One of the biggest class actions in UK history is being faced by Mastercard over card charges that were passed on to shoppers.
Walter Merricks (the ex Financial Services Ombudsman) is heading the claim and is using the UK’s Consumer Rights Act 2015 to file the claim for collective damages.
It is claimed that Mastercard unlawfully imposed high interchange fees.
This is a charge imposed when shoppers swipe their credit or debit cards between 1992 to 2008.
This charge was then passed on to consumers resulting in inflated prices for goods and services.
In 2014 The European Court of Justice deemed such fees to be a violation of EU antitrust rules.
In 2015 an interchange fee regulation was adopted by the European Parliament and the Council of the European Union, which capped at 0.2% for debit cards and 0.3% for credit cards.
According to reports , as many as 40 million people could be entitled to compensation. Merrick has spoken out stating:
“I want consumers to know that it is possible to take on a large organisation that has behaved badly. The prices of everything we all bought from 1992 to 2008 were higher than they should have been as a result of the unlawful conduct of Mastercard.”
The case will be heard before the Competition Appeal Tribunal which is a specialist court that hears competition law disputes, and is due to commence in September.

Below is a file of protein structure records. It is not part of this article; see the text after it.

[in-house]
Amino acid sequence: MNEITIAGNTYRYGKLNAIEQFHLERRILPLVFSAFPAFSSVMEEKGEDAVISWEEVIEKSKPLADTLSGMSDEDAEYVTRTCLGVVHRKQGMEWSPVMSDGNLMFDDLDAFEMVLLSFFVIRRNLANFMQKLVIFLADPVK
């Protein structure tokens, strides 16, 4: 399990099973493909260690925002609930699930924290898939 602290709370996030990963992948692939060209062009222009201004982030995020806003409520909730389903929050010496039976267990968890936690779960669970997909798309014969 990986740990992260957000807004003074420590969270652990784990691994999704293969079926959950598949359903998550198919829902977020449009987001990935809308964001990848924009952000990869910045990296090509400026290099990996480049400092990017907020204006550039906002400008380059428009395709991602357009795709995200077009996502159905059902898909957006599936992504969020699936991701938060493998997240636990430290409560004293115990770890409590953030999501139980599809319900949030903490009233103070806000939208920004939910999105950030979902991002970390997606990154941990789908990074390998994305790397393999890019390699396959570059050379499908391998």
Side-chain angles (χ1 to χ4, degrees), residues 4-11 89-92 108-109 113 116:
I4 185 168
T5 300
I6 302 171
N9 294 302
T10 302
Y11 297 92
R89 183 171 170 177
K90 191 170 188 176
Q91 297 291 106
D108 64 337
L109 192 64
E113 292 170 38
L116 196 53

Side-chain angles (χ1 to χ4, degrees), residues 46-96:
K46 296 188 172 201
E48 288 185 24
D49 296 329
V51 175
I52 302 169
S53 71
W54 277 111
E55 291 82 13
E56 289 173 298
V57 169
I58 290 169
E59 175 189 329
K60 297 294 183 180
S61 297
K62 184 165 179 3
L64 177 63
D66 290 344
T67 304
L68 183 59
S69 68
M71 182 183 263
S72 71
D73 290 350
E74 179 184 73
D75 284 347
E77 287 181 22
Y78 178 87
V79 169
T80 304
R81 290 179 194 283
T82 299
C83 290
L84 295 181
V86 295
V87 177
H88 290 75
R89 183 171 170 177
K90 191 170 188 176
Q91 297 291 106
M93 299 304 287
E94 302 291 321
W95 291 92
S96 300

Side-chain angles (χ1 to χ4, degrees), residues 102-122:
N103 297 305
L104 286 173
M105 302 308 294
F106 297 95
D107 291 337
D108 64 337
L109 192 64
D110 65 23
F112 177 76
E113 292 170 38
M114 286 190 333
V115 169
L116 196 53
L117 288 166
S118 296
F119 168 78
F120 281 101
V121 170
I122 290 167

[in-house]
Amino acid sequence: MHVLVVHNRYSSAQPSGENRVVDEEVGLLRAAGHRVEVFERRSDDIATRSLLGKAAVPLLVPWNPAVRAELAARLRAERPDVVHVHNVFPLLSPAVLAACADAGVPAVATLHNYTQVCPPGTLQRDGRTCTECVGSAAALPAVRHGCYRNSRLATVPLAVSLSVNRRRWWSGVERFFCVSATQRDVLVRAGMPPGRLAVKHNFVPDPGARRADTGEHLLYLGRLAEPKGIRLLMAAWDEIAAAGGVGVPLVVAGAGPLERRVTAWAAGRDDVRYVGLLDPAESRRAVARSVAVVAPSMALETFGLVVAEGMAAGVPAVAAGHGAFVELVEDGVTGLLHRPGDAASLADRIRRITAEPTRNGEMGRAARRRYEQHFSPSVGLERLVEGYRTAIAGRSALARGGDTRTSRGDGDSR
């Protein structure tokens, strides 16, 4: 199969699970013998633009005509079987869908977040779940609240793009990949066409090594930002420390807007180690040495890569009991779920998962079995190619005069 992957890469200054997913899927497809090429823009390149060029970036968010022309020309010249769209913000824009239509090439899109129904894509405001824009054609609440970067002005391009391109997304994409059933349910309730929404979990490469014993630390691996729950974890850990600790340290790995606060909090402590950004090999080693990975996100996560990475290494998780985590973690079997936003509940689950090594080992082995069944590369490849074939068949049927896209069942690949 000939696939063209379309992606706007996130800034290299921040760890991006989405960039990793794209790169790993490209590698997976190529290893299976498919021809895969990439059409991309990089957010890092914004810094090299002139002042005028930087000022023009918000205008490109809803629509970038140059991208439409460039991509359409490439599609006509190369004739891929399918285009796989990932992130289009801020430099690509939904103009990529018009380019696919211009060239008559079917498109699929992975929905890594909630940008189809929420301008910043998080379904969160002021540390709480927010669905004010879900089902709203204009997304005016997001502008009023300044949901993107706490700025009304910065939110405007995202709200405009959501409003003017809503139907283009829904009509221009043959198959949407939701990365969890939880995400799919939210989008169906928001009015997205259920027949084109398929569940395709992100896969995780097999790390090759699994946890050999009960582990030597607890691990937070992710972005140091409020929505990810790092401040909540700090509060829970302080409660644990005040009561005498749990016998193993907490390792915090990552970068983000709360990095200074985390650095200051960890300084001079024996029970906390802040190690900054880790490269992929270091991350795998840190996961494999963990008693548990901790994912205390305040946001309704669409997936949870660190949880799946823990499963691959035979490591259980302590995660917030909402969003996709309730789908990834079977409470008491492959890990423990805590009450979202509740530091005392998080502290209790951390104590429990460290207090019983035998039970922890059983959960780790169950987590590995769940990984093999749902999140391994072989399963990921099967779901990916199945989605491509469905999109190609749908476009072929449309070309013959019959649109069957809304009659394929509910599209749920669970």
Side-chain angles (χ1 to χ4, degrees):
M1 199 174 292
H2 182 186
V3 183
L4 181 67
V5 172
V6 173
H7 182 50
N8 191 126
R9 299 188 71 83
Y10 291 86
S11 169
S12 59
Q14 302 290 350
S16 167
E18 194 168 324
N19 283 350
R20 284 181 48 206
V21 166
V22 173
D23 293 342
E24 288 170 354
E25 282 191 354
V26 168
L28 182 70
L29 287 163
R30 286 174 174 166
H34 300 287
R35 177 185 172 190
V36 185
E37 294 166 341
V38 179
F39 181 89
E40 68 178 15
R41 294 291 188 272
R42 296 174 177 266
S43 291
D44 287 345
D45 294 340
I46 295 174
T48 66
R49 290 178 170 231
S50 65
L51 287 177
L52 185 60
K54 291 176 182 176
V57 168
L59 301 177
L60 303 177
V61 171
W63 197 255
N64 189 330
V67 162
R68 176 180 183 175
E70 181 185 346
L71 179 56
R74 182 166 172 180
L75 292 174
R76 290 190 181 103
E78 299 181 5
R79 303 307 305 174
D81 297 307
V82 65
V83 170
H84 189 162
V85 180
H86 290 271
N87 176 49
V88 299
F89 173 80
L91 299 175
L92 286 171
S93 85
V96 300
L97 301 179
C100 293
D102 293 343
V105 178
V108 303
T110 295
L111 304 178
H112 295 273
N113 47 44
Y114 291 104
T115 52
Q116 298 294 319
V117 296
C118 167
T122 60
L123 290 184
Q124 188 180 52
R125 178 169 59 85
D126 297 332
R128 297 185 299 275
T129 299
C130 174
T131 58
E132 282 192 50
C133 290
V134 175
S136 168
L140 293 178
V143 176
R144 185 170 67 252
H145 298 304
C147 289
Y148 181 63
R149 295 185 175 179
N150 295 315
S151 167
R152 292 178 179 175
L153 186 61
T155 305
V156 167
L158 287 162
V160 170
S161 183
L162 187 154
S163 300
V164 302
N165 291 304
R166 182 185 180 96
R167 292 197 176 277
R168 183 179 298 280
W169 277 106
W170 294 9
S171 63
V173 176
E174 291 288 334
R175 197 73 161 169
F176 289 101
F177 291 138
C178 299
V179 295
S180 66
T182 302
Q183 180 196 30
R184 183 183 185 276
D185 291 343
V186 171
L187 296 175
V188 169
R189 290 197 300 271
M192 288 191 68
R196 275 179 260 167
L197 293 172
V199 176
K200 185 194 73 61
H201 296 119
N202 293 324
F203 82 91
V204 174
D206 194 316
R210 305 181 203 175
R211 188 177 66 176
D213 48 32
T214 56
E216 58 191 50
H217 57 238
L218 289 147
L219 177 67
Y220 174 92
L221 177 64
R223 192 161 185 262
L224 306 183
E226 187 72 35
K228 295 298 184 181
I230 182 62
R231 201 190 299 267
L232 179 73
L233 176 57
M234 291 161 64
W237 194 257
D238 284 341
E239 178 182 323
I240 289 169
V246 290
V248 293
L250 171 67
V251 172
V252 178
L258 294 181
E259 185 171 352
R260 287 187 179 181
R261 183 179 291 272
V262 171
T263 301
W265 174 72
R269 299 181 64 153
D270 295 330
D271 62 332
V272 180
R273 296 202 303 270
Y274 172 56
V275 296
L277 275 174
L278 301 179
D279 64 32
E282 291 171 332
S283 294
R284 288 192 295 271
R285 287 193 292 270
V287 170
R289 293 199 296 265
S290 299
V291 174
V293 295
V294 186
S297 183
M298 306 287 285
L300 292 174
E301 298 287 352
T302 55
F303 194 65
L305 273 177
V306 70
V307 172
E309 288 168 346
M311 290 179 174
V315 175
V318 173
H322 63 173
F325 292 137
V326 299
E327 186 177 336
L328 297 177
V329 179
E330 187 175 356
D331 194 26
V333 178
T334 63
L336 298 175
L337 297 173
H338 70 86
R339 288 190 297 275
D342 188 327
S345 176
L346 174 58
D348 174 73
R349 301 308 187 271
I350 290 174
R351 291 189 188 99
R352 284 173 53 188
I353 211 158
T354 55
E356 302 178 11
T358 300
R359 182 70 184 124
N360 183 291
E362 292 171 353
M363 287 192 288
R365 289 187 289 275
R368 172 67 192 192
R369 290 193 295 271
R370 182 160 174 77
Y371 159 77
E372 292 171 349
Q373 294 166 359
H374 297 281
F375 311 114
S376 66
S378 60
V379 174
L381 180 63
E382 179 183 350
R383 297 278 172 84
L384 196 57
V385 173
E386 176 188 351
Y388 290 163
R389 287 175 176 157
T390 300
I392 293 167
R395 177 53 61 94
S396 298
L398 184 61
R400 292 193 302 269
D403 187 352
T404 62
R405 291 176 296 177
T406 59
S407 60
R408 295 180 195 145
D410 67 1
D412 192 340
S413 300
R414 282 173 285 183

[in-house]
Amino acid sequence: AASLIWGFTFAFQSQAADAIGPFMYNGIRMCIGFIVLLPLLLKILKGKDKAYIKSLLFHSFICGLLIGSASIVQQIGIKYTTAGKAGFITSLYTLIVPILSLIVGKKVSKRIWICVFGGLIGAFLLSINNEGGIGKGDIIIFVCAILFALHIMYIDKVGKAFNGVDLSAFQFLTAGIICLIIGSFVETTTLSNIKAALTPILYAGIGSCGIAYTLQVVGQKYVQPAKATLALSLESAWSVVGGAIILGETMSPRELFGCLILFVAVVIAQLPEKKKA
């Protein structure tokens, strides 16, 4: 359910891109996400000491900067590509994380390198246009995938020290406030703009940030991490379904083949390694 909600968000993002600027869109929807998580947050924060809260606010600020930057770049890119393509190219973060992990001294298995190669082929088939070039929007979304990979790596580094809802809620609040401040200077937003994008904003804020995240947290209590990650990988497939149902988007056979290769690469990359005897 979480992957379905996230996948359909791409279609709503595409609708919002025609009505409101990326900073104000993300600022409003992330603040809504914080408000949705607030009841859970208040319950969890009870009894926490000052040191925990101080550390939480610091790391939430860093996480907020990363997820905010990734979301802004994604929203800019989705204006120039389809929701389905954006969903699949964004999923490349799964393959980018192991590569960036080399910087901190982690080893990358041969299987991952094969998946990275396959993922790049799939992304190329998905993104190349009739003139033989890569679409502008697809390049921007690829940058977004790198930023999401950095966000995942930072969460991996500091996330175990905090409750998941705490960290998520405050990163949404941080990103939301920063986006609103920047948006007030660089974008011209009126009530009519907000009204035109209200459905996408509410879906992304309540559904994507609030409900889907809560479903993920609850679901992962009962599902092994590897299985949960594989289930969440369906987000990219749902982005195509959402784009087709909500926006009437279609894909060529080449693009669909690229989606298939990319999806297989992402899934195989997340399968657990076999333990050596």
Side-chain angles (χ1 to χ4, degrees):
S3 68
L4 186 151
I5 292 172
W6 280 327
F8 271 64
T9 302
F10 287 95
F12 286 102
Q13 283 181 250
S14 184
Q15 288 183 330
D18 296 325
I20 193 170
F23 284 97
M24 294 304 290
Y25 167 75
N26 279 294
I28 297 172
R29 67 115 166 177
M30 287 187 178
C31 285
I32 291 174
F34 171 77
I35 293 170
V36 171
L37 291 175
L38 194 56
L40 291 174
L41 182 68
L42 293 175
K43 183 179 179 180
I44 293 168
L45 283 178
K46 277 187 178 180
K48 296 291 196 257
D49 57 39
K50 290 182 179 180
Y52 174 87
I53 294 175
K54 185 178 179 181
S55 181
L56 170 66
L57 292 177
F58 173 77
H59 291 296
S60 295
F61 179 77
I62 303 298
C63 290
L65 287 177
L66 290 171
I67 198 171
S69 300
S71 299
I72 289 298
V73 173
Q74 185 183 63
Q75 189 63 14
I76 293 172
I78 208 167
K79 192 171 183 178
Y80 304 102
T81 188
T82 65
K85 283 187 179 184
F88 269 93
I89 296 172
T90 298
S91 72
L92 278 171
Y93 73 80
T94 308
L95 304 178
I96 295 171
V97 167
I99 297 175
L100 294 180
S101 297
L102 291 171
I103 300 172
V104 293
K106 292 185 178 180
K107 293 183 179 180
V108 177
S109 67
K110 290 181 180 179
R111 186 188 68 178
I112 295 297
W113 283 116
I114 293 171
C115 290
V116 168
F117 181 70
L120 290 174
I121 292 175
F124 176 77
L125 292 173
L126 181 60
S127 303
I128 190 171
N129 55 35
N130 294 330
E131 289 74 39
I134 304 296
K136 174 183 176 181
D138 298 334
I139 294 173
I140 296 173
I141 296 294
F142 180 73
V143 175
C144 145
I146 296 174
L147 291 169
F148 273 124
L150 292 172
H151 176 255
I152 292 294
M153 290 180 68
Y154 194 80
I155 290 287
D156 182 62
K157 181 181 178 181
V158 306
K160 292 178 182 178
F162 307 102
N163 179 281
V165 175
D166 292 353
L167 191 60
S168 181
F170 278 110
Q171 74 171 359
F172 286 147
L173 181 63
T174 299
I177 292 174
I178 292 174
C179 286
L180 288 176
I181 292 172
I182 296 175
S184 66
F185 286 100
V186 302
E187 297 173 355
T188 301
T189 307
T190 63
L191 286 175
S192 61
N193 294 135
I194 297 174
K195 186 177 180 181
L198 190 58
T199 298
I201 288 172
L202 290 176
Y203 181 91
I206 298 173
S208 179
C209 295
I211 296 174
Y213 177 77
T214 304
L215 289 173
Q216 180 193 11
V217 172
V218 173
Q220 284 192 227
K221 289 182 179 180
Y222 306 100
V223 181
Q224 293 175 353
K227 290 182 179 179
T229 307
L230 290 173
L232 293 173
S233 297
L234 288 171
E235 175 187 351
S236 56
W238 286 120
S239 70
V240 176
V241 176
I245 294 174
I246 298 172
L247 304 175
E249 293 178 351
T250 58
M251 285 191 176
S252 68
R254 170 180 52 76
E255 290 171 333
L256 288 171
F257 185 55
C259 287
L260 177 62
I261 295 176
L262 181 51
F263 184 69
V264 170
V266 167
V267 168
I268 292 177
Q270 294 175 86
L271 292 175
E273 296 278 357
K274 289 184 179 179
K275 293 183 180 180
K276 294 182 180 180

Mastercard representatives have responded by stating:
“To be clear, the claim hasn’t been filed yet and detail of how his (Walter Merrick’) team got to £19 billion, hasn’t yet been shared.”
Mastercard representatives have firmly disagreed with the claims, emphasising that the European Commission decision related to transactions that crossed borders within the EU and that the decision did not touch on UK intercharge fees.
“There are costs to making a payment. In our system, the costs of making a payment are shared by all of those who benefit from the payment – the consumer, the card issuer, the retailer and the acquirer (the retailer’s or merchant’s bank). All pay a small portion of the cost. By sharing costs among all of those who benefit from the transaction, consumers and merchants obtain the full value of our technology at costs that are much lower than they could achieve if they paid the costs on their own.”
Consumer rights campaigners allege that not only did retailers pass down the charges on to the consumers in the form of higher prices for goods and services over a period of 16 years, the shoppers were also kept in the dark about the extra charges they were being forced to pay.
Walter Merricks has hired Quinn Emanuel Urquhart and Sullivan to draft a lawsuit, which they plan to file in September.